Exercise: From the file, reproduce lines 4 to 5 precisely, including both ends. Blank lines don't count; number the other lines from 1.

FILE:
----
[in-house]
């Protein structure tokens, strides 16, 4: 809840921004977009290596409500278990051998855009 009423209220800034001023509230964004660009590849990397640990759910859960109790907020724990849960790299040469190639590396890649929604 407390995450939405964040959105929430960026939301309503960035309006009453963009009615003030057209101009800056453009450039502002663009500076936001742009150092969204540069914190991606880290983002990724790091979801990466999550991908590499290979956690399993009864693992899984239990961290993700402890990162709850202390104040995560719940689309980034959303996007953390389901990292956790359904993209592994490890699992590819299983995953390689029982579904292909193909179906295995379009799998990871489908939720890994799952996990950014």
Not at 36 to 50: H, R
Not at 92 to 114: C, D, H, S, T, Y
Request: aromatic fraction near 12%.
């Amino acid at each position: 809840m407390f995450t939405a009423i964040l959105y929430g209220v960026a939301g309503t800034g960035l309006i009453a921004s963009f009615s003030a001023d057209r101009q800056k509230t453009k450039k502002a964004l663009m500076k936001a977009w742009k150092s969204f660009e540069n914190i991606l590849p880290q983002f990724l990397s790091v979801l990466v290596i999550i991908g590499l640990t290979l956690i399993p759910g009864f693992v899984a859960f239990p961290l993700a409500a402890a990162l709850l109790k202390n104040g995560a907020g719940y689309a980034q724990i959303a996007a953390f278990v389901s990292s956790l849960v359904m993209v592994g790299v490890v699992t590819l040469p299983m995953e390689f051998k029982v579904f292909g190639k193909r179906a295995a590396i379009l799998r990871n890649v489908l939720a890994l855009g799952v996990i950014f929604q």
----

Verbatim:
Not at 92 to 114: C, D, H, S, T, Y
Request: aromatic fraction near 12%.